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Good dogs: owners of recently-adopted shelter dogs tend to report high satisfaction with their new pet despite also … – EurekAlert

Stranger aggression behaviors were reported in 62 percent of dogs immediately following adoption, but in 77 percent of dogs six months post-adoption
image: Shelter volunteer and dog interacting outside. view more 
Credit: Hannah MacIntyre, CC-BY 4.0 (https://creativecommons.org/licenses/by/4.0/)
Shelter dogs followed at their new homes for six months post-adoption were reported as showing more behaviors like stranger aggression or training problems by the end of the study—but owner satisfaction remained high, with 94 percent of owners reporting their dog’s behavior as excellent or good, according to a study published August 16, 2023 in the open-access journal PLOS ONE by Kyle Bohland from the Ohio State University, US, and colleagues.
Although two million dogs are adopted from US shelters every year, very little research has been done on shelter dog behavior after placement into a home. Bohland and colleagues surveyed the owners of 99 dogs adopted from five Ohio shelters from October 2020-May 2021, checking in with owners seven, 30, 90, and 180 days after adoption. In each iteration of the survey, dog owners were asked about the following problem behaviors, scoring each behavior as demonstrated by their dog from 0-4: excitability, stranger-directed aggression, owner-directed aggression, dog-directed aggression, familiar dog aggression, stranger-directed fear, nonsocial fear, dog-directed fear, touch sensitivity, separation-related behavior, attachment and attention-seeking, training difficulty, chasing, and energy levels. The initial survey asked about basic demographic information and whether the owner had owned a dog before. Each of the four surveys asked owners about overall satisfaction with their dog’s behavior; any household changes since adoption; and if they still owned the dog.
Most notably, owners reported an increase from the initial survey in stranger-directed aggression behavior at every subsequent check-in, which went from being reported in 62 percent of dogs at 10 days to 77 percent of dogs at 180 days—possibly because as dogs became more comfortable in their household, their protective/territorial behaviors increased. Over the six months of the study, owners also reported more excitability, touch sensitivity, training difficulty, and chasing behaviors as compared to baseline. Reports of separation-related behaviors and attachment and attention-seeking behaviors decreased, presumably as the dogs became assured their owners would consistently return home. In addition, seven people returned their adopted dog during the study period. Despite the ratings suggesting increases in undesirable behavior like stranger aggression and training problems, in the final survey 100 percent of responding owners reported their dog adjusted to their new home extremely or moderately well; 94 percent rated their dog’s overall behavior as excellent or good, six percent as fair, and no owner reported poor/terrible behavior. About 75 percent of owners said they thought their dog’s behavior had improved over time.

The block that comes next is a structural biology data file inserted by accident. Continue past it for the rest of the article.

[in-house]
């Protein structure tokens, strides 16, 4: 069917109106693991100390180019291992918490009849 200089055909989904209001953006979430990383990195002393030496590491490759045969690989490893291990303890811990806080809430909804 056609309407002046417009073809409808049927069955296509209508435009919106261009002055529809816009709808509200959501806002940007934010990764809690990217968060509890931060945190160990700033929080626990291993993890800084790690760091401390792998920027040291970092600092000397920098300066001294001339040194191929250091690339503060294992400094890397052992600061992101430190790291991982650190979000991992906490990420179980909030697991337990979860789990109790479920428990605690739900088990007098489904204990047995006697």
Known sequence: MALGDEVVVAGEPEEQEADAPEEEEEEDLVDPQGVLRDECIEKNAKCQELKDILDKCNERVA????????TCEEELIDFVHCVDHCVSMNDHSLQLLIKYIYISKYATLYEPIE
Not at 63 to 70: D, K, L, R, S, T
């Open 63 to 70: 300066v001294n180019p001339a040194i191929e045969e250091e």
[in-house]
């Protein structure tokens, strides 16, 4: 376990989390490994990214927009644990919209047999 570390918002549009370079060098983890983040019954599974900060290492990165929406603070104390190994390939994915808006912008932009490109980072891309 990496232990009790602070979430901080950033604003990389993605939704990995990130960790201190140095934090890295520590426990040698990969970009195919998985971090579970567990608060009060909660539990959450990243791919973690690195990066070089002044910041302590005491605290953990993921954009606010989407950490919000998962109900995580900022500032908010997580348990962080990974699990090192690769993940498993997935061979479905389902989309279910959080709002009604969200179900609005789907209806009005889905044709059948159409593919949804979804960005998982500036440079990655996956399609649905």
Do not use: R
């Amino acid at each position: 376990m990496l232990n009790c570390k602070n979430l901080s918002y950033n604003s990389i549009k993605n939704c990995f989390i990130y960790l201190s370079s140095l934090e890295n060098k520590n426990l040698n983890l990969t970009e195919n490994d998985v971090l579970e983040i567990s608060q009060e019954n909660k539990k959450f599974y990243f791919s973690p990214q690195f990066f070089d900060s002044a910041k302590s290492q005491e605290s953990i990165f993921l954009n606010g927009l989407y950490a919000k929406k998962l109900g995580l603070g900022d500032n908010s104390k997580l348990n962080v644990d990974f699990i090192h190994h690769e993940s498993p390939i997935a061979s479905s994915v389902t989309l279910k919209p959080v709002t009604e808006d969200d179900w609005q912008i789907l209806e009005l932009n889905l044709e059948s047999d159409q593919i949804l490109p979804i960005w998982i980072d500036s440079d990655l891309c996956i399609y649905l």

Sampling bias is potentially present in the results, since participating dog owners opted into the study (with gift cards offered for completion of the first and final surveys). There may also be behaviors the survey did not capture, but which are strongly valued by owners and which might explain the high satisfaction ratings in the final survey.
The authors add: “This is one of the most comprehensive studies, using multiple timepoints, to investigate post-adoption behavior in dogs. The findings help shelters counsel new dog guardians with more accurate information on what behavior changes to expect after adoption. This information will hopefully allow people to get help sooner for their dog’s behavior problems and keep more dogs in their adoptive homes.”
In your coverage please use this URL to provide access to the freely available article in PLOS ONE: https://journals.plos.org/plosone/article?id=10.1371/journal.pone.0289356
Citation: Bohland KR, Lilly ML, Herron ME, Arruda AG, O’Quin JM (2023) Shelter dog behavior after adoption: Using the C-BARQ to track dog behavior changes through the first six months after adoption. PLoS ONE 18(8): e0289356. https://doi.org/10.1371/journal.pone.0289356
Author Countries: USA
Funding: KRB, MLL, MEH, AGA, and JMO all received a grant from the Ohio State University College of Veterinary Medicine to fund the study. (Canine Grant No. 2020-13). URL: https://vet.osu.edu/research/intramural-grants. The funders had no role in study design, data collection and analysis, decision to publish, or preparation of the manuscript.
Not applicable
Shelter dog behavior after adoption: Using the C-BARQ to track dog behavior changes through the first six months after adoption
The authors have declared that no competing interests exist.
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The Ohio State University, United States of America

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